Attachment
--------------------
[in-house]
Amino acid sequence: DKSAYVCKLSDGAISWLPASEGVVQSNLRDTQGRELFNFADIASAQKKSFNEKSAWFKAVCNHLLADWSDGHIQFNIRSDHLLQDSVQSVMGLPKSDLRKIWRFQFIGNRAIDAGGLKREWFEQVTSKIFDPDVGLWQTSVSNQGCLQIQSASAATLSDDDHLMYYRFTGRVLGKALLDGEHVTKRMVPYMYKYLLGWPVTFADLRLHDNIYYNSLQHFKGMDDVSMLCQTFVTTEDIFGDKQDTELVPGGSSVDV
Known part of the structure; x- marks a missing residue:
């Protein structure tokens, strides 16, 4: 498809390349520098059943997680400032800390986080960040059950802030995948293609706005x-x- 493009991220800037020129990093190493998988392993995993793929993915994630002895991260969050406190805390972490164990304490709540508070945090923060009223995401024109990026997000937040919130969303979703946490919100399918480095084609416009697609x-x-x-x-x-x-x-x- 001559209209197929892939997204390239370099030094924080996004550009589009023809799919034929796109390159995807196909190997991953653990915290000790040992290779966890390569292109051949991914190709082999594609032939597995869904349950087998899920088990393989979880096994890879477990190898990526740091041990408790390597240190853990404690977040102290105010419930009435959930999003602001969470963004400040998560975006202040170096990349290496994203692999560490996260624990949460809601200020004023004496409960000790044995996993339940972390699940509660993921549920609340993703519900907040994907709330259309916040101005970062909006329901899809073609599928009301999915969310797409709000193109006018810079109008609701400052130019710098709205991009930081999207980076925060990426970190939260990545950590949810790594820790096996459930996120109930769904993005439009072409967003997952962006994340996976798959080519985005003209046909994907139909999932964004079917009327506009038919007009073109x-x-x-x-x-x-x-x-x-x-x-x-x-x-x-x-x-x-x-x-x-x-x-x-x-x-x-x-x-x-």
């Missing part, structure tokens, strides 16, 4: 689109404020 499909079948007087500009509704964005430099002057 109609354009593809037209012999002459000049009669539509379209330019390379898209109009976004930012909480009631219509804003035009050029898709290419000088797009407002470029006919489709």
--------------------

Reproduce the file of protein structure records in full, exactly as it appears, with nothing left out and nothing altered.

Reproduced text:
[in-house]
Amino acid sequence: DKSAYVCKLSDGAISWLPASEGVVQSNLRDTQGRELFNFADIASAQKKSFNEKSAWFKAVCNHLLADWSDGHIQFNIRSDHLLQDSVQSVMGLPKSDLRKIWRFQFIGNRAIDAGGLKREWFEQVTSKIFDPDVGLWQTSVSNQGCLQIQSASAATLSDDDHLMYYRFTGRVLGKALLDGEHVTKRMVPYMYKYLLGWPVTFADLRLHDNIYYNSLQHFKGMDDVSMLCQTFVTTEDIFGDKQDTELVPGGSSVDV
Known part of the structure; x- marks a missing residue:
């Protein structure tokens, strides 16, 4: 498809390349520098059943997680400032800390986080960040059950802030995948293609706005x-x- 493009991220800037020129990093190493998988392993995993793929993915994630002895991260969050406190805390972490164990304490709540508070945090923060009223995401024109990026997000937040919130969303979703946490919100399918480095084609416009697609x-x-x-x-x-x-x-x- 001559209209197929892939997204390239370099030094924080996004550009589009023809799919034929796109390159995807196909190997991953653990915290000790040992290779966890390569292109051949991914190709082999594609032939597995869904349950087998899920088990393989979880096994890879477990190898990526740091041990408790390597240190853990404690977040102290105010419930009435959930999003602001969470963004400040998560975006202040170096990349290496994203692999560490996260624990949460809601200020004023004496409960000790044995996993339940972390699940509660993921549920609340993703519900907040994907709330259309916040101005970062909006329901899809073609599928009301999915969310797409709000193109006018810079109008609701400052130019710098709205991009930081999207980076925060990426970190939260990545950590949810790594820790096996459930996120109930769904993005439009072409967003997952962006994340996976798959080519985005003209046909994907139909999932964004079917009327506009038919007009073109x-x-x-x-x-x-x-x-x-x-x-x-x-x-x-x-x-x-x-x-x-x-x-x-x-x-x-x-x-x-």
């Missing part, structure tokens, strides 16, 4: 689109404020 499909079948007087500009509704964005430099002057 109609354009593809037209012999002459000049009669539509379209330019390379898209109009976004930012909480009631219509804003035009050029898709290419000088797009407002470029006919489709």